This volume in Biblical Theology for Life series dives deeply into the topic of human violence. Before exploring what the Bible says about violence, Old Testament scholar Helen Paynter sets out the contours for the study ahead by addressing the various definitions of violence and the theories of its origins, prevalence, and purpose. What is violence? Is there such a thing as "natural violence"? Is violence a human or social construct or can we describe natural phenomena as violent? How does the concept of violence relate to the concept of evil? Violence is everywhere; is it escapable? How do we resist violence?
Having queued up the questions, Helen takes us to the Bible for answers. Starting with the creation narratives in Genesis considered in comparison with the ancient Near Eastern myths and moving to the conquest of Canaan--the most problematic of biblical narratives--she investigates how these deep myths speak to the origins of human violence and its consequences. The prevalence of violence through biblical history is inescapable. Scripture reveals the hydra-like nature of human violence, investigating types of violence including but not limited to: structural violence, verbal violence, sexual violence, violence as public /political act, racialised violence, including "othering." Through the voices of the prophets and then in the teaching of Jesus, the Bible reveals that the seeds of violence exist within every human heart. Even though we see evidence of resistance movements in the Bible, such as the responses to attempted genocide in Exodus and Esther, it is only on the cross that an absorption of violence by God takes place: a defeat of violence by self-sacrifice. Along the way, Helen considers other relevant biblical themes, including the apocalypse, "crushing the serpent's head," and the concept of divine vengeance, culminating in the resurrected Christ's lack of vengeance against those who did him to death. In light of the New Testament, we will consider how the first Christians responded to the structural violence of slavery and patriarchy and how they began to apply Jesus' redemptive, non-vengeful theology to their own day.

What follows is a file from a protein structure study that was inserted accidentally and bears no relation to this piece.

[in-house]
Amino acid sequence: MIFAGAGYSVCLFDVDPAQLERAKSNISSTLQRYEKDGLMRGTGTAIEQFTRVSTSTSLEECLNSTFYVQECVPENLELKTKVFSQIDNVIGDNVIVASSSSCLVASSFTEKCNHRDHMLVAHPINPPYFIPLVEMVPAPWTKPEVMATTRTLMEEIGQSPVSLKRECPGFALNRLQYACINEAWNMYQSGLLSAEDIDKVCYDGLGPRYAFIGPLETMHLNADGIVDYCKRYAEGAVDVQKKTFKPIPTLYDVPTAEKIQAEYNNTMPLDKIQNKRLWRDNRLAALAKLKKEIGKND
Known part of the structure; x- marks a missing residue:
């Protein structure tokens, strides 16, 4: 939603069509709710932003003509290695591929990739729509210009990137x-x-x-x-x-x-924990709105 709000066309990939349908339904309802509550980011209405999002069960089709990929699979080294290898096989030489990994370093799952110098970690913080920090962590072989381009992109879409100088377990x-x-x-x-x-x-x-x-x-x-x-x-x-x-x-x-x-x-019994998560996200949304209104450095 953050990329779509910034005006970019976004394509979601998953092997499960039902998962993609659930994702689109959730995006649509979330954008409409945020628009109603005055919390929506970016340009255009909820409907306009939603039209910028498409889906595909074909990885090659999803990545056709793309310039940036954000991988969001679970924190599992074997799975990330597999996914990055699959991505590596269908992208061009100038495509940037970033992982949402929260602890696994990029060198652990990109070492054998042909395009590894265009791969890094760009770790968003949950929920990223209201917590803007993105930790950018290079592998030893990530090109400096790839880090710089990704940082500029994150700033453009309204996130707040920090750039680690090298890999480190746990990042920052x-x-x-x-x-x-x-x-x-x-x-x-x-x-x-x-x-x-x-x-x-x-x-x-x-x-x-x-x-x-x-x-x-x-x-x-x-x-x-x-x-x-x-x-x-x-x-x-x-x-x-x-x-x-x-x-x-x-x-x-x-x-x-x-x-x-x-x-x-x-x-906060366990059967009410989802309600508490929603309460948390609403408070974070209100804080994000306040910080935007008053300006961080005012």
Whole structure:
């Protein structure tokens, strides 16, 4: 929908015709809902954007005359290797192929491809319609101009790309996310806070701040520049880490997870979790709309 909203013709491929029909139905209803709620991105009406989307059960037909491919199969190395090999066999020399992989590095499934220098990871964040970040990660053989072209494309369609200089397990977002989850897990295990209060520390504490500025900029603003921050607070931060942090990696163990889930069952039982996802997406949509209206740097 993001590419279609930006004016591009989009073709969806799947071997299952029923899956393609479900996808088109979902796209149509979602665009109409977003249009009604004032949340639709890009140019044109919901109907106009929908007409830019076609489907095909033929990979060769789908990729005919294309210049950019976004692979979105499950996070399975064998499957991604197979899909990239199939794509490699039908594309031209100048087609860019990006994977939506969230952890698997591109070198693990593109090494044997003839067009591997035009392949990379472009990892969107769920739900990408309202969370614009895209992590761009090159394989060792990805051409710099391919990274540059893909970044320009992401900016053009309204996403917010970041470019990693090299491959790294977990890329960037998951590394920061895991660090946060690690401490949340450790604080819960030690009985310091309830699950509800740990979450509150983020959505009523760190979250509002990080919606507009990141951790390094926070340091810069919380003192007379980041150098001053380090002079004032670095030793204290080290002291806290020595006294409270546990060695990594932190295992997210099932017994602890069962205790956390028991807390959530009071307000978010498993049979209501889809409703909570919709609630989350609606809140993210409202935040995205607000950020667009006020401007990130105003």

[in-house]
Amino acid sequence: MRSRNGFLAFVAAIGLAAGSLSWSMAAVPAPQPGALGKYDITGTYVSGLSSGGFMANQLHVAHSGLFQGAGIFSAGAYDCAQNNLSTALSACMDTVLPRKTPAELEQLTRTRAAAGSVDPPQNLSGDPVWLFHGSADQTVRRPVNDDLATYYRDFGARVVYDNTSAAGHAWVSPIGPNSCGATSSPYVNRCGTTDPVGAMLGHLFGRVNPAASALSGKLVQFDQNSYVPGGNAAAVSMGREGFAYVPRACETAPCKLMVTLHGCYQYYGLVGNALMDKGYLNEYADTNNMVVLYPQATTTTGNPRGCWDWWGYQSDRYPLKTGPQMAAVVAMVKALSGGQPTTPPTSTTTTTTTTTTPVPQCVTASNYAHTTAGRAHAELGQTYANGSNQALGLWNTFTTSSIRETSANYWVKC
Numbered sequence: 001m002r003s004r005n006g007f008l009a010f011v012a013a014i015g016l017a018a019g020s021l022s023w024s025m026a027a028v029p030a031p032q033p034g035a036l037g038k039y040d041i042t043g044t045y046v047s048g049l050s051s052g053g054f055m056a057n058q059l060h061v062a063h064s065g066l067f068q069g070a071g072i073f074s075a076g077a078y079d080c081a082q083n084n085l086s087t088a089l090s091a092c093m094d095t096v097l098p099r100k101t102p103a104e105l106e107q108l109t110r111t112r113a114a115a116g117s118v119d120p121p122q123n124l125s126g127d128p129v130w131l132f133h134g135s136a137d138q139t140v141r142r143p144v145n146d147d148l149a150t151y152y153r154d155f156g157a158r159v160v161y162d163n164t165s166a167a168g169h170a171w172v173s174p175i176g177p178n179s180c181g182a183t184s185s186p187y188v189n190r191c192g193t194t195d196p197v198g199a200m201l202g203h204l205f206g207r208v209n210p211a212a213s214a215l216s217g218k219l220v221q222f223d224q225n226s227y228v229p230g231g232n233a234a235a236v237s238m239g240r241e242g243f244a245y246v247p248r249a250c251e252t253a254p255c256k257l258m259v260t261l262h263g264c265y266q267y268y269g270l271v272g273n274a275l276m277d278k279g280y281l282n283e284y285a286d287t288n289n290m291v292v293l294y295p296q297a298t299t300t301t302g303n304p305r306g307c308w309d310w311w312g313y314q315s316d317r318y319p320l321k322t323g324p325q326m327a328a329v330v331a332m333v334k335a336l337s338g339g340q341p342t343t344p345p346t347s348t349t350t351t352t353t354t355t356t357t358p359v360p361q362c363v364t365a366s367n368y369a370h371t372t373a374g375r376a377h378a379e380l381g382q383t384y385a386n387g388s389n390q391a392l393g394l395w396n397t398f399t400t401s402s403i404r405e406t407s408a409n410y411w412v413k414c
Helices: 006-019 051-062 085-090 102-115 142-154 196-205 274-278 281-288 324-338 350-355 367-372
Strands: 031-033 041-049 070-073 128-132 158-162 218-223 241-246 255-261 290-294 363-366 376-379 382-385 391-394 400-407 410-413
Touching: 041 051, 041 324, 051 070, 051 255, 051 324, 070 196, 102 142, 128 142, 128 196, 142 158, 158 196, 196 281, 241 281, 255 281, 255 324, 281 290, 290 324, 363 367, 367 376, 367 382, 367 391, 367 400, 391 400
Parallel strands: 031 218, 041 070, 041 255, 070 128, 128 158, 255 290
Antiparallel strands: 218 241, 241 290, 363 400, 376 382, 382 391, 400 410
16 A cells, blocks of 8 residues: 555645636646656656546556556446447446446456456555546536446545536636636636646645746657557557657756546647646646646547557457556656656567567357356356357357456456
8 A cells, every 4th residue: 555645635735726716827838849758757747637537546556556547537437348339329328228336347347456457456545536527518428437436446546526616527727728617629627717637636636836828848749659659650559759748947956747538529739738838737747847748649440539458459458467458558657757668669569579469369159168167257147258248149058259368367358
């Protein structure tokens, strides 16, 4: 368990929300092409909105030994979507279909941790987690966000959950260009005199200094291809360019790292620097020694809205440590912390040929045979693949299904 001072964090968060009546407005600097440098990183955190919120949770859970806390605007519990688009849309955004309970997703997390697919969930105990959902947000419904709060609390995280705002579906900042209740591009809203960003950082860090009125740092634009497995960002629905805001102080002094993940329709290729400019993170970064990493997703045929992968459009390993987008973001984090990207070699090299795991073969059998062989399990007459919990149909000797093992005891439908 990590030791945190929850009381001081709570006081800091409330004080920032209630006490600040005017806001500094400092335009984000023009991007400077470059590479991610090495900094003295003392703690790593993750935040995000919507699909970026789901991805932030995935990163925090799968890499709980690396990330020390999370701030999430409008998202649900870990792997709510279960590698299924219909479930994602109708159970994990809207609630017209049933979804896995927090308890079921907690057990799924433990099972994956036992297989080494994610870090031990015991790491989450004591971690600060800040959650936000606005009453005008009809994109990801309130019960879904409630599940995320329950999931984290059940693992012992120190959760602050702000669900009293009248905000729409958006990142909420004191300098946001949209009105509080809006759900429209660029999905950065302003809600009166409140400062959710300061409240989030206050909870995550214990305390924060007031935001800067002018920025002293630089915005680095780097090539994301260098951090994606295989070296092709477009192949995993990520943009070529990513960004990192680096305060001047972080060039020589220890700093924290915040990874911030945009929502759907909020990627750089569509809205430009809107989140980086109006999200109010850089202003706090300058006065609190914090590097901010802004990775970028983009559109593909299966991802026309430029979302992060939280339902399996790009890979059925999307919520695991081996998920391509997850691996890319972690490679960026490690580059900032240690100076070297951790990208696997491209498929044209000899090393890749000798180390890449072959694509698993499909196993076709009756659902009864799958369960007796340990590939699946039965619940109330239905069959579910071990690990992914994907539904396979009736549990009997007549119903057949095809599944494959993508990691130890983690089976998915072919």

The book concludes by discussing of what this means for Christians today. For many of us who live without routine encounters with or threats of violence, we must consider our responsibility in a world where our experience is the exception. With attention to the multi-headed hydra that is violence and the concealed structures of violence in our own Western society, Helen challenges readers to consider their own, perhaps inherited, privilege and complicity. The question of how we regard "others," both as individuals and as societies, is a deeply relevant and urgent one for the church: The church can and should be a wholly non-othering body. So what implications does this have for the church and, for example, Black Lives Matter or the rampant xenophobia in our society or immigration and global migration issues? How do we resist evil? What does it mean to turn the other cheek when the cheek that has been slapped is not our own? How do we resist the monster without becoming the monster?